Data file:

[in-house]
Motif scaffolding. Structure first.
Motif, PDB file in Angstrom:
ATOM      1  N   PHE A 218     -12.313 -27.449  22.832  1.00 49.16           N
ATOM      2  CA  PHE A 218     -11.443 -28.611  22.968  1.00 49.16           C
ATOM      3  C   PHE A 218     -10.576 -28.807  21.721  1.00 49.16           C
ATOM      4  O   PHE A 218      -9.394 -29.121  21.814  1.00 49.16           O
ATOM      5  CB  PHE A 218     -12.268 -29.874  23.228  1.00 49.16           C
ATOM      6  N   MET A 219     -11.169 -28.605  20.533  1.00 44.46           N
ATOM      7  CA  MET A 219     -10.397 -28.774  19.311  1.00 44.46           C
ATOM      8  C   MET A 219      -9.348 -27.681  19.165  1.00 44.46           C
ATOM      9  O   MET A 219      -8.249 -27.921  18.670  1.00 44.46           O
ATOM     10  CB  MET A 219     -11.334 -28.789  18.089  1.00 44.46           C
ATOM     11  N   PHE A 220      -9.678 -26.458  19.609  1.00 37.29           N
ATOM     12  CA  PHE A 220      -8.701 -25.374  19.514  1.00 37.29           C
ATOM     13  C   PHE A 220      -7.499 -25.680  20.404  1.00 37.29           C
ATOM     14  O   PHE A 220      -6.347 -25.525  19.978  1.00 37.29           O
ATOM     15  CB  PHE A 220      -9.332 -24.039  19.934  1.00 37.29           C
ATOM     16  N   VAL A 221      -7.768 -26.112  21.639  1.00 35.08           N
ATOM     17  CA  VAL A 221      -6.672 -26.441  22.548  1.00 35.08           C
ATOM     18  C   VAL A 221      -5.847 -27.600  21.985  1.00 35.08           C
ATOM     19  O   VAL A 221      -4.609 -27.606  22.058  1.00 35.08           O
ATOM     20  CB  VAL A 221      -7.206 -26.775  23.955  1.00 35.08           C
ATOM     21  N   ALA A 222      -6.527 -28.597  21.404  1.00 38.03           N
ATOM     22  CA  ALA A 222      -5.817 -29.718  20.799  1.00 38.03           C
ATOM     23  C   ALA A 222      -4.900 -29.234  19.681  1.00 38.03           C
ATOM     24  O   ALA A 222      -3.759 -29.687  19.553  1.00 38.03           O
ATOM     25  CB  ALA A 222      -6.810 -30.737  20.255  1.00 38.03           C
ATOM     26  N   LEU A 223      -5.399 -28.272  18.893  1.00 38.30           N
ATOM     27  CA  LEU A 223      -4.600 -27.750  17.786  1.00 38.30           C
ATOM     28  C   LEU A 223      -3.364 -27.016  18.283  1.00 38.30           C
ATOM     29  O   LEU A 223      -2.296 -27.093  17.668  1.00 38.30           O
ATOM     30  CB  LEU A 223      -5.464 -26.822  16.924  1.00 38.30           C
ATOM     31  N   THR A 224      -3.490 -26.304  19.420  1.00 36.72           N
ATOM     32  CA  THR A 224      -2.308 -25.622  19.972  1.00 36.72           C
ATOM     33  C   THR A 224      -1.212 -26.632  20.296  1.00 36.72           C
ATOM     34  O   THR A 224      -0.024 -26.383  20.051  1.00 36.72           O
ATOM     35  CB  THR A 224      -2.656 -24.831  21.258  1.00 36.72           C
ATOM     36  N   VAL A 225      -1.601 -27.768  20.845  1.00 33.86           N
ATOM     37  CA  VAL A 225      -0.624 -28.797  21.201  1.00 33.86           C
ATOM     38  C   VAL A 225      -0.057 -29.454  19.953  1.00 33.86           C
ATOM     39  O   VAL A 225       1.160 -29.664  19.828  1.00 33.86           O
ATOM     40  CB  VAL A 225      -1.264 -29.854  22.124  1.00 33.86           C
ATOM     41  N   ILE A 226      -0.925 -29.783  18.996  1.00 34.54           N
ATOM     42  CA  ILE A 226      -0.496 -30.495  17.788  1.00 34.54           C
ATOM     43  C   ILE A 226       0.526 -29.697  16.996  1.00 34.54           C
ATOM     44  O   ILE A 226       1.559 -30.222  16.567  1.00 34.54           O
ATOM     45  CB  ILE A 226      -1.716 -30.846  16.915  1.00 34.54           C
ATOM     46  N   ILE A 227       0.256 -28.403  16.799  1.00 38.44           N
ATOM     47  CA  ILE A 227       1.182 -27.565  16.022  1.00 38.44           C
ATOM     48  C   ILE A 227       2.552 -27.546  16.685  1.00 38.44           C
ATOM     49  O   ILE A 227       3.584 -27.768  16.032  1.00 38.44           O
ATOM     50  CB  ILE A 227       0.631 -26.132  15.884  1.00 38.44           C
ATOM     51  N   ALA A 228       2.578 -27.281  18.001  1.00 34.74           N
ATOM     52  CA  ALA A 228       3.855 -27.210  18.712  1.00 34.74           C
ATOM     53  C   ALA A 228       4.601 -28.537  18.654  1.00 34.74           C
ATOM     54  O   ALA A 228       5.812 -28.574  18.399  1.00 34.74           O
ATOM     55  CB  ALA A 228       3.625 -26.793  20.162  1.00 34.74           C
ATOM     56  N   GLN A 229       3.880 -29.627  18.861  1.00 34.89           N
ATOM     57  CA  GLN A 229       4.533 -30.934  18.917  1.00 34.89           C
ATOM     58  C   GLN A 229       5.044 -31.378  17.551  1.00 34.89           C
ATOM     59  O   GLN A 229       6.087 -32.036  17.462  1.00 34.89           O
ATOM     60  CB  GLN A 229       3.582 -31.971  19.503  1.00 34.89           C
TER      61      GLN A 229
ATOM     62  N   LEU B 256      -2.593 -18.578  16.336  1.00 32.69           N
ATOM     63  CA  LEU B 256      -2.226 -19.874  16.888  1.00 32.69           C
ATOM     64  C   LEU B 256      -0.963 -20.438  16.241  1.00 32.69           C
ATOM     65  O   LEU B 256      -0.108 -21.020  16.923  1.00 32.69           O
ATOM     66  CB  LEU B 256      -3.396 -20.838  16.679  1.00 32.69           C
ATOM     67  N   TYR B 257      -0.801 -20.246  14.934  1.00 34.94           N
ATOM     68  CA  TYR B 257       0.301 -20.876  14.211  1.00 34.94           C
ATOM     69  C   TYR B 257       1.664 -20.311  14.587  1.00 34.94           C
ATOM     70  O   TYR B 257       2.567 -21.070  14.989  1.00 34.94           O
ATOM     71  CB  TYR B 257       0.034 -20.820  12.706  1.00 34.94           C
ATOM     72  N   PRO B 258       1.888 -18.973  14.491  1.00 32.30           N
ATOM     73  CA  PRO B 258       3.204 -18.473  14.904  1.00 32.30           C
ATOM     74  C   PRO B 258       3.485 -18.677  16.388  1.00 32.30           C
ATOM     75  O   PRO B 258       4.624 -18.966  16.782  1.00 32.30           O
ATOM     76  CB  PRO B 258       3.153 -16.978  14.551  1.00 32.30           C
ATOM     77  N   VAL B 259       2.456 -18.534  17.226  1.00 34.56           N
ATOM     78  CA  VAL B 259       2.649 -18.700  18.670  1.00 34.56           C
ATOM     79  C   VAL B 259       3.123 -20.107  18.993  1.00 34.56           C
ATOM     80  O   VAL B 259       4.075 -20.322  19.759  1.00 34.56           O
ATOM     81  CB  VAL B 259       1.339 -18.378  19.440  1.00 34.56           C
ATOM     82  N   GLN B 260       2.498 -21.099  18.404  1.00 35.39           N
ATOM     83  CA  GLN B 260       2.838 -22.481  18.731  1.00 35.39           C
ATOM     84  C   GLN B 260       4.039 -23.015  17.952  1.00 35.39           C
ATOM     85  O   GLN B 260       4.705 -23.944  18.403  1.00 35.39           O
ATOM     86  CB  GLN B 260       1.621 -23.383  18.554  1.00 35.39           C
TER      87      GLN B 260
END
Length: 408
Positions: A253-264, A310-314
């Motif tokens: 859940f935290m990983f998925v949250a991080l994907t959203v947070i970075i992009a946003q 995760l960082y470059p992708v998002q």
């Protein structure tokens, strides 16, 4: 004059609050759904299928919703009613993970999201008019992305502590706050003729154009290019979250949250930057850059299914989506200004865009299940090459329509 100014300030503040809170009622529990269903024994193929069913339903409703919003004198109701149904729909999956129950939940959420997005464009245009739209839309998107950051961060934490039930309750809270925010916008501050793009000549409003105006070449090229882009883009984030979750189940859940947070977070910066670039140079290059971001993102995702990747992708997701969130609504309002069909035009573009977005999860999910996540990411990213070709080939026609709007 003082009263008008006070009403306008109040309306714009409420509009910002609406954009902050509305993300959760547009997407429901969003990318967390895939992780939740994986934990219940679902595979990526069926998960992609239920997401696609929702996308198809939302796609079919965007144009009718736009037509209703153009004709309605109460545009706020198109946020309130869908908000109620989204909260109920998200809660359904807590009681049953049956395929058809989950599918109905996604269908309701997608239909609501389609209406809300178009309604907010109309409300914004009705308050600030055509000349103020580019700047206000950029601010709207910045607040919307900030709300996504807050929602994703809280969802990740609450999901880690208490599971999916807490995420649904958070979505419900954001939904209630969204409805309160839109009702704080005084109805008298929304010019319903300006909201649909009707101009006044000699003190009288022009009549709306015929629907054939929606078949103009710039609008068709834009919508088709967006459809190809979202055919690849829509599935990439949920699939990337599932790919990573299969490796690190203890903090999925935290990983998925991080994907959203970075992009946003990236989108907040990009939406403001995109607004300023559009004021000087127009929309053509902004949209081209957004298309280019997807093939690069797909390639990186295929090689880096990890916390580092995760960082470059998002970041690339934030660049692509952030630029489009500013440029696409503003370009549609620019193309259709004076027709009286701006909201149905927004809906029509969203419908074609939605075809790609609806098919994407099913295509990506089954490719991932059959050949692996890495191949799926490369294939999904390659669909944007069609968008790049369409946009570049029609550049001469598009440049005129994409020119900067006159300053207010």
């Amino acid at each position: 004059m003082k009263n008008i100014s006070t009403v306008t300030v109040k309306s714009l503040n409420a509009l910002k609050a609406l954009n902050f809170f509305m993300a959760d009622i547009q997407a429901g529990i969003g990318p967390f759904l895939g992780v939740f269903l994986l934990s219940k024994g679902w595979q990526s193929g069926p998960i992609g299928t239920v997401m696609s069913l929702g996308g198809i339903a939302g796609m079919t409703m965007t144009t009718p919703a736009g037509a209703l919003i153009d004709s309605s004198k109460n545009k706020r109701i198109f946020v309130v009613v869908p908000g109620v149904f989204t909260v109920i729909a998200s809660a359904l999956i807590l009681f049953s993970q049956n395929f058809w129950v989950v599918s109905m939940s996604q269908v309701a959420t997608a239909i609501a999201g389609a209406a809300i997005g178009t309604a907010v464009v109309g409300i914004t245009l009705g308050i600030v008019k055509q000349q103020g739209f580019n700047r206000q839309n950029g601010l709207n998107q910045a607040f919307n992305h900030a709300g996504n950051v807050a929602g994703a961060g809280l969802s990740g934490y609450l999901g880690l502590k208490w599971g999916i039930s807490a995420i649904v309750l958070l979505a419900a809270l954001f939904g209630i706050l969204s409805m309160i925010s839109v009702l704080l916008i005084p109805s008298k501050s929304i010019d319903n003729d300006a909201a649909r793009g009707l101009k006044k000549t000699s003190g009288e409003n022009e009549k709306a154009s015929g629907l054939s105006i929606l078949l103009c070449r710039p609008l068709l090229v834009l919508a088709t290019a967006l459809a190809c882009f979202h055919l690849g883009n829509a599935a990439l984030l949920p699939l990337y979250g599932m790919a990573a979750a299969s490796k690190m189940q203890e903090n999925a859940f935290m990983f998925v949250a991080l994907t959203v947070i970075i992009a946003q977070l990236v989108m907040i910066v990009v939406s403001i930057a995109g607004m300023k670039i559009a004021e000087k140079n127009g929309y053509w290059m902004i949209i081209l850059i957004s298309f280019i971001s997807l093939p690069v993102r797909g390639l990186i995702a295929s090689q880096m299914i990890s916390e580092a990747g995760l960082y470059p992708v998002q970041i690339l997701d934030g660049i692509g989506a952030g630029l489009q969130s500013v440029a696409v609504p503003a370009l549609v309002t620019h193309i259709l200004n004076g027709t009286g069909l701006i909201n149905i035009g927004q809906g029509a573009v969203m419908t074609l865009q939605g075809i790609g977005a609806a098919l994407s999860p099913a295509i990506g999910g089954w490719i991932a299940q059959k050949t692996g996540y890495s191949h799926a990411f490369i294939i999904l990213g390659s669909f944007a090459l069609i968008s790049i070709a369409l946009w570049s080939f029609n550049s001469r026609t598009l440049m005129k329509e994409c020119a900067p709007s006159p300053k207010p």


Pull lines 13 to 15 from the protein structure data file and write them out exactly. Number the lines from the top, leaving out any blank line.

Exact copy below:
ATOM     10  CB  MET A 219     -11.334 -28.789  18.089  1.00 44.46           C
ATOM     11  N   PHE A 220      -9.678 -26.458  19.609  1.00 37.29           N
ATOM     12  CA  PHE A 220      -8.701 -25.374  19.514  1.00 37.29           C